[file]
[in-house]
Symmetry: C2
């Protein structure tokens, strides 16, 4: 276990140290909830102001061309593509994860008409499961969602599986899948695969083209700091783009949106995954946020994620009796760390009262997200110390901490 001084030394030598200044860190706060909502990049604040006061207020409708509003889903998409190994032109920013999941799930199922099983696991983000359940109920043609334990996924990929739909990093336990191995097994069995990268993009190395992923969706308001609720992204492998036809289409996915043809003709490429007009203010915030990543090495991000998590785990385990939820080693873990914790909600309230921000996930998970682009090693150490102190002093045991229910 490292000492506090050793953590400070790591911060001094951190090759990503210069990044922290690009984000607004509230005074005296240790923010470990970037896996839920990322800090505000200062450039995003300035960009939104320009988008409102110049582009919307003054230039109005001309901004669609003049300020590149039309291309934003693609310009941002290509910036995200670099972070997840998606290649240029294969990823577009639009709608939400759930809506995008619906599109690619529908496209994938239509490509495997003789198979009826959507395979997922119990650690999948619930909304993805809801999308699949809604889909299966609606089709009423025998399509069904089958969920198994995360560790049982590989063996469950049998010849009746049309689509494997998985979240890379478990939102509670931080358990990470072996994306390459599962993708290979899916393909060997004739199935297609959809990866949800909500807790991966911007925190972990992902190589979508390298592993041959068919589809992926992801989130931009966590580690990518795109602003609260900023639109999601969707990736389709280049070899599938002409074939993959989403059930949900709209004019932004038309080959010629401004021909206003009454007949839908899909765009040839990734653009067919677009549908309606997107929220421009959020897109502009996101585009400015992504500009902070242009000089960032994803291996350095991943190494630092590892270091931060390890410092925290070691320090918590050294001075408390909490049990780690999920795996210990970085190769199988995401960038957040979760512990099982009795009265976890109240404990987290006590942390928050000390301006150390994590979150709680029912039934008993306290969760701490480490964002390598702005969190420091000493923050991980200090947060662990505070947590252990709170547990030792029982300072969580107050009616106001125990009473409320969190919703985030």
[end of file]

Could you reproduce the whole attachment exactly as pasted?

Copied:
[in-house]
Symmetry: C2
């Protein structure tokens, strides 16, 4: 276990140290909830102001061309593509994860008409499961969602599986899948695969083209700091783009949106995954946020994620009796760390009262997200110390901490 001084030394030598200044860190706060909502990049604040006061207020409708509003889903998409190994032109920013999941799930199922099983696991983000359940109920043609334990996924990929739909990093336990191995097994069995990268993009190395992923969706308001609720992204492998036809289409996915043809003709490429007009203010915030990543090495991000998590785990385990939820080693873990914790909600309230921000996930998970682009090693150490102190002093045991229910 490292000492506090050793953590400070790591911060001094951190090759990503210069990044922290690009984000607004509230005074005296240790923010470990970037896996839920990322800090505000200062450039995003300035960009939104320009988008409102110049582009919307003054230039109005001309901004669609003049300020590149039309291309934003693609310009941002290509910036995200670099972070997840998606290649240029294969990823577009639009709608939400759930809506995008619906599109690619529908496209994938239509490509495997003789198979009826959507395979997922119990650690999948619930909304993805809801999308699949809604889909299966609606089709009423025998399509069904089958969920198994995360560790049982590989063996469950049998010849009746049309689509494997998985979240890379478990939102509670931080358990990470072996994306390459599962993708290979899916393909060997004739199935297609959809990866949800909500807790991966911007925190972990992902190589979508390298592993041959068919589809992926992801989130931009966590580690990518795109602003609260900023639109999601969707990736389709280049070899599938002409074939993959989403059930949900709209004019932004038309080959010629401004021909206003009454007949839908899909765009040839990734653009067919677009549908309606997107929220421009959020897109502009996101585009400015992504500009902070242009000089960032994803291996350095991943190494630092590892270091931060390890410092925290070691320090918590050294001075408390909490049990780690999920795996210990970085190769199988995401960038957040979760512990099982009795009265976890109240404990987290006590942390928050000390301006150390994590979150709680029912039934008993306290969760701490480490964002390598702005969190420091000493923050991980200090947060662990505070947590252990709170547990030792029982300072969580107050009616106001125990009473409320969190919703985030």